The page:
View Poll Results: Which would you use?

Voters
324. This poll is closed
  • Not I

    96 29.63%
  • Not me

    149 45.99%
  • It depends [please explain...]

    79 24.38%
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Thread: Not I

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    #11
    The OED calls 'not' an adverb. The more I think about the term 'paticle', the less I like it.


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    #12

    Re: Not I

    This could be either, depending on the circumstance.

    Q: To whom did she give the answer?
    A: Not me. (She did not give the answer to me.)

    or

    Q: Who will bell the cat?
    A: Not I. (I will not bell the cat.)
    Last edited by Phospheratu; 10-Feb-2006 at 01:20.

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    #13

    Re: Not I

    Excuse me, finally which is the right answer, I'm really confused by all this explanations..

    So, If we use both, isn't wrong???


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    #14

    Re: Not I

    Quote Originally Posted by Casiopea View Post

    According to traditional grammarians (Prescriptivist), linking verbs such as forms of 'to be' (is, are, was, were, etc.) link the subject with its complement. Complements refer back to the subject so they are considered 'nominative' (subject) in form. Which means, pronouns coming after the linking verb 'to be' should be nominative in form: I, she, he, we, they. For example,

    But, keep in mind, those examples are based on what Prescriptivists would advise. As for Descriptivists, they'd point out that "me" is more popular these days than "I". The reason being, the pronoun comes after the verb which is a position reserved for objects, and hence speakers tend to choose "me" over "I" in that context.
    I think this makes it sound as if there was something to the prescriptive rule, Casiopea. It was wrong from the get go, penned as it was using Latin as a guideline.

    Language rules are not simply a matter of popularity. Just because Latin deals with something in a certain manner [using the nominative in predicative complements] doesn't mean that English must follow that rule.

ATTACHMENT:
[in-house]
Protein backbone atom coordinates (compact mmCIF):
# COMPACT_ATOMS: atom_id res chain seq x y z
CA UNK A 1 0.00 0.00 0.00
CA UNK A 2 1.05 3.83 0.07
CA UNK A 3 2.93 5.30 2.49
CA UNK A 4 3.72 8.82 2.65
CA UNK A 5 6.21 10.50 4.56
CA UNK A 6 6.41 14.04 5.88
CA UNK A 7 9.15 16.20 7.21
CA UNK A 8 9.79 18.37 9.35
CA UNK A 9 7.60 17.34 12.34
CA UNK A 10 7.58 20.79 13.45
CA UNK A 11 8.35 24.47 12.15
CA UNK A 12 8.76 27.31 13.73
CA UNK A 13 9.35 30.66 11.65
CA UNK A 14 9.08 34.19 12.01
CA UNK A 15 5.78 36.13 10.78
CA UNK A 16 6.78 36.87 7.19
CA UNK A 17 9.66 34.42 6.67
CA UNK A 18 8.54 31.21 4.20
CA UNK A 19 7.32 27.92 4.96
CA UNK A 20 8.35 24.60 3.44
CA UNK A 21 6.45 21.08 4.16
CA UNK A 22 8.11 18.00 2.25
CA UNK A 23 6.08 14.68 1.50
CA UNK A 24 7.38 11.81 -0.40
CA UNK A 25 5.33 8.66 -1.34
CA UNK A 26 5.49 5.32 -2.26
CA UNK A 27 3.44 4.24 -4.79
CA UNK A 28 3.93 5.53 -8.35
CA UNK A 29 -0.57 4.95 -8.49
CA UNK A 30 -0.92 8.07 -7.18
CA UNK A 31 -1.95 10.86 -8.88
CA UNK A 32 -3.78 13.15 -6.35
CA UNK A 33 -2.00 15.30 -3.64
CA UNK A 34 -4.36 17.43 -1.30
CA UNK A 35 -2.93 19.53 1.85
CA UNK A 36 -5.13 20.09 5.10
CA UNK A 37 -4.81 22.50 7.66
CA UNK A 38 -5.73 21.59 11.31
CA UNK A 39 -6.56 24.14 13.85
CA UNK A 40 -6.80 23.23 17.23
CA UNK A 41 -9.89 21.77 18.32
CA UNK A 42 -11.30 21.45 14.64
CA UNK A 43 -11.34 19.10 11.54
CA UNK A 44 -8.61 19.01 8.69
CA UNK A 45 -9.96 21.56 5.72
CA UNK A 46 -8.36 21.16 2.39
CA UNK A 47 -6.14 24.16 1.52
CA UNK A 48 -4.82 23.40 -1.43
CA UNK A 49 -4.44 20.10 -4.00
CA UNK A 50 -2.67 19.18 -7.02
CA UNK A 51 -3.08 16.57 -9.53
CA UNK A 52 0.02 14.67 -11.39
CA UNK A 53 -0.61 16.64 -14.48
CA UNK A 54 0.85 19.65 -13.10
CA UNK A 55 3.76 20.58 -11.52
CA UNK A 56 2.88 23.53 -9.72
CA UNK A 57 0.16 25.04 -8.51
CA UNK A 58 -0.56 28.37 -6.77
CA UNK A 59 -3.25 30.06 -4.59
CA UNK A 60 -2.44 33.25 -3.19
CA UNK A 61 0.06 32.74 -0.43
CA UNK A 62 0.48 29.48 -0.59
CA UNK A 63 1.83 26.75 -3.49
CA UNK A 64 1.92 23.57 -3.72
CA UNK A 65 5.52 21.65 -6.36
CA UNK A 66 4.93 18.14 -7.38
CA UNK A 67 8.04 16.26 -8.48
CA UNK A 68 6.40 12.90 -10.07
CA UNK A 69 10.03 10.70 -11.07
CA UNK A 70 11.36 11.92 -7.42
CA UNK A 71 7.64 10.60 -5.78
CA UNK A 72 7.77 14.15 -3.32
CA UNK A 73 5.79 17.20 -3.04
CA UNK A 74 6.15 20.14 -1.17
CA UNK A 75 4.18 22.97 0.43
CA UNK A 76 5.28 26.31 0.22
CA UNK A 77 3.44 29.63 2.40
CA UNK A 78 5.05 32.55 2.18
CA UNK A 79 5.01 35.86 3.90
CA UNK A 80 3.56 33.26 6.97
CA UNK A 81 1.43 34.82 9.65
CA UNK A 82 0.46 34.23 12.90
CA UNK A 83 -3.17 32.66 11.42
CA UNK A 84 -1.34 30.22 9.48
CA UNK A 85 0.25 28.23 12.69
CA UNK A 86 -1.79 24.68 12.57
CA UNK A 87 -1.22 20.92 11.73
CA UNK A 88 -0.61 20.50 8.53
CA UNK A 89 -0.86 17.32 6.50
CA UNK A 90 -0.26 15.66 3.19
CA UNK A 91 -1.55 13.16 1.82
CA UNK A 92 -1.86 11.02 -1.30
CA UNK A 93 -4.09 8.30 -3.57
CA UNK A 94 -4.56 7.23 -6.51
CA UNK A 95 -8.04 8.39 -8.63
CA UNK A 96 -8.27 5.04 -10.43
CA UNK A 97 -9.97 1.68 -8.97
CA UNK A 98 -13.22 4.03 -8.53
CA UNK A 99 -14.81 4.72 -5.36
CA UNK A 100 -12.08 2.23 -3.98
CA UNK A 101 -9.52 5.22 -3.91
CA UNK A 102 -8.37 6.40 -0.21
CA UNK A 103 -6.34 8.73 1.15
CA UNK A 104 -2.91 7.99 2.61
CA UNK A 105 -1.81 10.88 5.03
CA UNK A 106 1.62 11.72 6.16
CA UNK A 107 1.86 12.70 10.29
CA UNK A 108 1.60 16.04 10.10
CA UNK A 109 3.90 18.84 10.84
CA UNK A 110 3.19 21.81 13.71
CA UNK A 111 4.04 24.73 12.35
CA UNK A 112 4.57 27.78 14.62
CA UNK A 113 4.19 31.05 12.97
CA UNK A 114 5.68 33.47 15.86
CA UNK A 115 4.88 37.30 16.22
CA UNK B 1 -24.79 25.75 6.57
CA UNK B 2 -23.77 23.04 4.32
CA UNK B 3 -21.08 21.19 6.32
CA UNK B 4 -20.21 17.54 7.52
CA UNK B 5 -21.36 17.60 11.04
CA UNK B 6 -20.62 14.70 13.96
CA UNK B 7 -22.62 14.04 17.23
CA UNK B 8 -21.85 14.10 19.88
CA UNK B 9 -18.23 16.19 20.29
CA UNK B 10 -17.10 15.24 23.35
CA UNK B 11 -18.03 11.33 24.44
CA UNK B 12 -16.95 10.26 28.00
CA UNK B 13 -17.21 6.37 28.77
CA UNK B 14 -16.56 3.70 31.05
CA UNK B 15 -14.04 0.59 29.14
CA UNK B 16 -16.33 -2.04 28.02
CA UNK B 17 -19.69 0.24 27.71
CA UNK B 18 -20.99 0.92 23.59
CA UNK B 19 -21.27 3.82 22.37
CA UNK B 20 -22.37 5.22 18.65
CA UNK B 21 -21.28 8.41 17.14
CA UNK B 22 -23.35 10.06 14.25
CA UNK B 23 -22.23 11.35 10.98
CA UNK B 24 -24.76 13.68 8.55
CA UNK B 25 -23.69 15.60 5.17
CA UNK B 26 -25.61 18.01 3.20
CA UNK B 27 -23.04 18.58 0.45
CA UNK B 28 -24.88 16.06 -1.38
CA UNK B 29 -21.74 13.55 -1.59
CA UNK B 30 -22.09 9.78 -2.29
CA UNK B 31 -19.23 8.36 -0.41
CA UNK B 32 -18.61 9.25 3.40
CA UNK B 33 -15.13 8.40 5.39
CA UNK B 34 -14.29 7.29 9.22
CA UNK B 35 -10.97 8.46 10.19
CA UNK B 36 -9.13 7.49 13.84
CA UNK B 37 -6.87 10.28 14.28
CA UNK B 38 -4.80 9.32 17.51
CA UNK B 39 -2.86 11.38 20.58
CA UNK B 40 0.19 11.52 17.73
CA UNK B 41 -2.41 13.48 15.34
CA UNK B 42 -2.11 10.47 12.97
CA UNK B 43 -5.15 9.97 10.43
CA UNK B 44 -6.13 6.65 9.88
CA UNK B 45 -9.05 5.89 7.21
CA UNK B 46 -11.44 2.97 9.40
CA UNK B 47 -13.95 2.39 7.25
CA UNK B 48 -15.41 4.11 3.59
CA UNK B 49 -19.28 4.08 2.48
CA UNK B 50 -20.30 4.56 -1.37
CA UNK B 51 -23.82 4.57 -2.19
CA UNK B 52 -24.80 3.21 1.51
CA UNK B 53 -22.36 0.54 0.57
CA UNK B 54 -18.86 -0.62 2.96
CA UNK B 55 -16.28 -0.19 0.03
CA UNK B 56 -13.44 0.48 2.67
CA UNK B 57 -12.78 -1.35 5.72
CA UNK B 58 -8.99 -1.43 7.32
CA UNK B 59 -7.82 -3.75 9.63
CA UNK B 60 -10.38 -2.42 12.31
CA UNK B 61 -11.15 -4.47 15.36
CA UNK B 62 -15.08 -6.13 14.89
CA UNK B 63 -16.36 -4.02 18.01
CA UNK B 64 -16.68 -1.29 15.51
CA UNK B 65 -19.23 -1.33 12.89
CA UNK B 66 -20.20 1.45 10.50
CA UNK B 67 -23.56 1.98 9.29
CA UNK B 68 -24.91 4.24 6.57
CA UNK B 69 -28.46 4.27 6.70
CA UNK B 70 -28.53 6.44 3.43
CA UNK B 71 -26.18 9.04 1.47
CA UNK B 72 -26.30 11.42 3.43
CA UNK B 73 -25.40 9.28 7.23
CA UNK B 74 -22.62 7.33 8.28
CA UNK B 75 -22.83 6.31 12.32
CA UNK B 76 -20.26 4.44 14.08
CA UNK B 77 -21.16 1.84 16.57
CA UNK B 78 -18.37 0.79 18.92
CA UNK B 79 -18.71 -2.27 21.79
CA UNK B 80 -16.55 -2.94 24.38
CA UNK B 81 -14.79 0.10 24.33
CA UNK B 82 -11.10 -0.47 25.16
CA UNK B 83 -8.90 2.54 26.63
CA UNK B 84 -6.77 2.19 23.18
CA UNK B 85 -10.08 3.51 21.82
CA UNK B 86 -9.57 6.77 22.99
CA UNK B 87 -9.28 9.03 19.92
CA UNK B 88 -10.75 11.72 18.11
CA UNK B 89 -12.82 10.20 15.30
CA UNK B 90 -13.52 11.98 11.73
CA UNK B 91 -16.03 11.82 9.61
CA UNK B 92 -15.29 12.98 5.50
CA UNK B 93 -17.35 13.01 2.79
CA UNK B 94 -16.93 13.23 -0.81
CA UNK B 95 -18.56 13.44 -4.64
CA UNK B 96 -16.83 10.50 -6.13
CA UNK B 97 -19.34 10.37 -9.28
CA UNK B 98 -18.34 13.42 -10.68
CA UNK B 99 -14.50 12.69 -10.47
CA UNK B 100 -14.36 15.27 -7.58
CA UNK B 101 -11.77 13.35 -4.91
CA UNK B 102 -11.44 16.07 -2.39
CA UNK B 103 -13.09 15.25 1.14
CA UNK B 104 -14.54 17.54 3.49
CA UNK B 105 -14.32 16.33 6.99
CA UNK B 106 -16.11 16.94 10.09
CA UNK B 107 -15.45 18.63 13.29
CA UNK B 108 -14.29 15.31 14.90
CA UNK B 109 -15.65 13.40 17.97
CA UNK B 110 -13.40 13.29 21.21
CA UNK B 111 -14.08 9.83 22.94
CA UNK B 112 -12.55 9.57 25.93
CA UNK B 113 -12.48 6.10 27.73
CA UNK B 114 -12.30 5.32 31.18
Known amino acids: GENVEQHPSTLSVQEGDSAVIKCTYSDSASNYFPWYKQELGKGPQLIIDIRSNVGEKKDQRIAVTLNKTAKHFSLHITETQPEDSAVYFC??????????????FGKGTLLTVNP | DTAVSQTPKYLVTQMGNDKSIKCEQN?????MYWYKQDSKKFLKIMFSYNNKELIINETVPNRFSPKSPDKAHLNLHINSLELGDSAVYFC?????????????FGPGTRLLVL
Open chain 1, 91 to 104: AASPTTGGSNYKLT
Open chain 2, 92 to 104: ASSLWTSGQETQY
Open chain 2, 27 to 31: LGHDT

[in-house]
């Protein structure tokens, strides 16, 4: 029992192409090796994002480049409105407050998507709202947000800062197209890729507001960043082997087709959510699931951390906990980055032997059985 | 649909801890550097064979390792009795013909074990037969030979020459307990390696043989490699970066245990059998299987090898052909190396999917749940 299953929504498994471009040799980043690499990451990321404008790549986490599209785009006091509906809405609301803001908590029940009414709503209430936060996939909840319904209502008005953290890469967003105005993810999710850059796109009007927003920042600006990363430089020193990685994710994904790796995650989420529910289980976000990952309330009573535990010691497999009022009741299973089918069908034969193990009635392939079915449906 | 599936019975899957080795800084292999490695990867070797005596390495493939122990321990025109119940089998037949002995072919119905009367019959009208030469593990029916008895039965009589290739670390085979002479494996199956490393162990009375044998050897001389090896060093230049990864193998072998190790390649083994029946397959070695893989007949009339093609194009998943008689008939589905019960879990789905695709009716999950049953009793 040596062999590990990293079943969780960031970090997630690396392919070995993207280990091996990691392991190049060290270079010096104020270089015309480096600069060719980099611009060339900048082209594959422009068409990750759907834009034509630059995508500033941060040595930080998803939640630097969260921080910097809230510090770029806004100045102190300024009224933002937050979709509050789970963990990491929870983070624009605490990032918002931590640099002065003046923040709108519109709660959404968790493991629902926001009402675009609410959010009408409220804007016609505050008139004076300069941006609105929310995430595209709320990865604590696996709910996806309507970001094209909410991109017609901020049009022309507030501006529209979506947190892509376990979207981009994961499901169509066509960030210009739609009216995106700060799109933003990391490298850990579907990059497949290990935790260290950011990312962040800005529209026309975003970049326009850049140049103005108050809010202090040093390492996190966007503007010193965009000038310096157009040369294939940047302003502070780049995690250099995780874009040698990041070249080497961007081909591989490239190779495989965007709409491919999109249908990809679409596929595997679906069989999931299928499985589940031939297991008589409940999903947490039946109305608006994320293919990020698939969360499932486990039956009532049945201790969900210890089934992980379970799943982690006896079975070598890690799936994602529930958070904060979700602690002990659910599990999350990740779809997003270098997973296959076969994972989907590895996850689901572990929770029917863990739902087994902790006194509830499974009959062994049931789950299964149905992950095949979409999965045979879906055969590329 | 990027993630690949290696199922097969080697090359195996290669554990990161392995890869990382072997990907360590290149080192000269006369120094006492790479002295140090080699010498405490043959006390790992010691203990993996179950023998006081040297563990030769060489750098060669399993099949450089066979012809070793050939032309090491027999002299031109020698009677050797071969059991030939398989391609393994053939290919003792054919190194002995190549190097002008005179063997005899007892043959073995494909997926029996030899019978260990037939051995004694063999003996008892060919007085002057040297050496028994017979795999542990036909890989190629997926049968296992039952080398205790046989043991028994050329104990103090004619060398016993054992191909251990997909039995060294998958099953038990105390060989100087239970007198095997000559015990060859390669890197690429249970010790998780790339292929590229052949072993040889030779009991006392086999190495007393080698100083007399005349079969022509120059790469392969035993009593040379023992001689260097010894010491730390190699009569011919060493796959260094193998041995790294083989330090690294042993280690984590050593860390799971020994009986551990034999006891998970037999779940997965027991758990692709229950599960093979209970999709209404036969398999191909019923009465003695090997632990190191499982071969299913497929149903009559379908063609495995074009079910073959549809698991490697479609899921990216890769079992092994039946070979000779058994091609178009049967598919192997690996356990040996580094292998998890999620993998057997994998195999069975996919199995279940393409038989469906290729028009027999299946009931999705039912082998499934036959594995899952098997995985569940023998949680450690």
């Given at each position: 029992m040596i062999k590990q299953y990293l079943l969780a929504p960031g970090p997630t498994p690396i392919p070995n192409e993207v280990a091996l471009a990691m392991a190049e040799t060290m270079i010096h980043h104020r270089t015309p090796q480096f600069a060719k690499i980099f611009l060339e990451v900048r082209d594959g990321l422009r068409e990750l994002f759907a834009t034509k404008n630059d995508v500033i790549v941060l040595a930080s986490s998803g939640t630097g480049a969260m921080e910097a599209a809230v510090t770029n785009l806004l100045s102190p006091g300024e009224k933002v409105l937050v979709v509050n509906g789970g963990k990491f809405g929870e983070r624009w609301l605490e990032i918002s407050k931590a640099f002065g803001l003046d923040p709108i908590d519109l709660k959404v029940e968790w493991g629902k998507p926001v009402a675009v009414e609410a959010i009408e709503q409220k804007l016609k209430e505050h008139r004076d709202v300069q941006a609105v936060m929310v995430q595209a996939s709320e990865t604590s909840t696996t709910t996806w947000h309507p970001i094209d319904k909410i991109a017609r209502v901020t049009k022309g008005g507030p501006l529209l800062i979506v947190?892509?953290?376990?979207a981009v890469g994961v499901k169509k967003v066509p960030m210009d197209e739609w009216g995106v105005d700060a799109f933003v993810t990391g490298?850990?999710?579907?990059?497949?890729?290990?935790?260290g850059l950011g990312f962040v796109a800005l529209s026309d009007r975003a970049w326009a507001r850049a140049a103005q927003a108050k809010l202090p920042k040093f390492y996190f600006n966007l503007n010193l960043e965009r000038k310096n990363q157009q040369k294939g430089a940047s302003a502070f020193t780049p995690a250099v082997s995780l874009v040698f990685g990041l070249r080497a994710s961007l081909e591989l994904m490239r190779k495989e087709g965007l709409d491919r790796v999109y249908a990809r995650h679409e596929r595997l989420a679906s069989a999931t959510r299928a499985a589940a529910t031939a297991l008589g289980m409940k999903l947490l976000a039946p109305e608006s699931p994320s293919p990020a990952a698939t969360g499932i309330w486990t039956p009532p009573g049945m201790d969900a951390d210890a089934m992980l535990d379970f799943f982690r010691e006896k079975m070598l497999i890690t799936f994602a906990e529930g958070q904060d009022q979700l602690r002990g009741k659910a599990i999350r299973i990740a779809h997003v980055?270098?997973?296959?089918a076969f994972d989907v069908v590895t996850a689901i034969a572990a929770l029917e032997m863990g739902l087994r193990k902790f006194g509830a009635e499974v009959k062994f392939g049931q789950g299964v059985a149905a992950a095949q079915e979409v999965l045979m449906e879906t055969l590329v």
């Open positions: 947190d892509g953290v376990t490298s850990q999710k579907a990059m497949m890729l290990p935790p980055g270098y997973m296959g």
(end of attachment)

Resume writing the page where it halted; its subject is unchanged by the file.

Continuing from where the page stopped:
English is English and Latin is Latin and never the twain shall meet, though they might pass each other in the night.


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    #15

    Re: Not I

    Quote Originally Posted by Isra View Post
    Excuse me, finally which is the right answer, I'm really confused by all this explanations..
    So, If we use both, isn't wrong???
    Both are right, Isra, and both are in common use in English.


    "... the nominative form I ... belongs to (very) fromal style, while accusative me is neutral or informal."

    [CGEL at page 9]


    Results 1 - 10 of about 5,780,000 English pages for "it was I".

    Results 1 - 10 of about 2,400,000 English pages for "it was me".

    Results 1 - 10 of about 1,240,000 English pages for "it was she".

    Results 1 - 10 of about 4,970,000 English pages for "it was her".

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    #16

    Re: Not I

    Out of interest, Riverkid, how are you excluding non-complements from your googles?

    For instance, a simple google on "it was I" brings up cases such as:

    1. A solemn thing it was, I said.

    2. I didn't know what it was. I mean, it could have been as a result of the building collapsing...

    Similarly, "it was she" brings up e.g.

    3. She lived her life the way - she wanted to live it. Was she upset that she wasn't up on the Hill?

    4. It took her just under an hour to do whatever it was she did.

    While "it was her" includes e.g.

    5. Specialist Sabrina Harman, one of the accused MPs, testified that it was her job to keep detainees awake

    MrP


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    #17

    Re: Not I

    Quote Originally Posted by MrPedantic View Post
    Out of interest, Riverkid, how are you excluding non-complements from your googles?
    For instance, a simple google on "it was I" brings up cases such as:

    I made no attempt to exclude non-complements, Mr Pedantic. I didn't do a simple google. I did an "with the exact phrase" search. Admittedly they aren't perfect, but they clearly indicate that these are very common collocations.
    xxxxxxxxxxxxxxxxxxxxxxx

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    #18

    Re: Not I

    Yes, they are very common; but if you look at the first three pages of the "exact search" on "it was I", for example, you'll find that 10 out of 30 (at most) relate to "It was I" in the sense "it was me".

    MrP

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    #19

    Re: Not I

    How about this:

    "I have to fire someone today."

    "Not me, please."

    This is not idiomatic. I don't want to be the object of the firing. "Don't fire me, please."

    Also, I've always thought of particles as prepositions that were pressed into service as idiomatic and superflous adverbs:

    Start up your engine.
    Flatten out the newspaper.


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    #20

    Re: Not I

    Quote Originally Posted by MrPedantic View Post
    Yes, they are very common; but if you look at the first three pages of the "exact search" on "it was I", for example, you'll find that 10 out of 30 (at most) relate to "It was I" in the sense "it was me".
    MrP
    Well then, if we use that as a guideline

    5,780,000/3 = 1.9 million or so English pages for "it was I".

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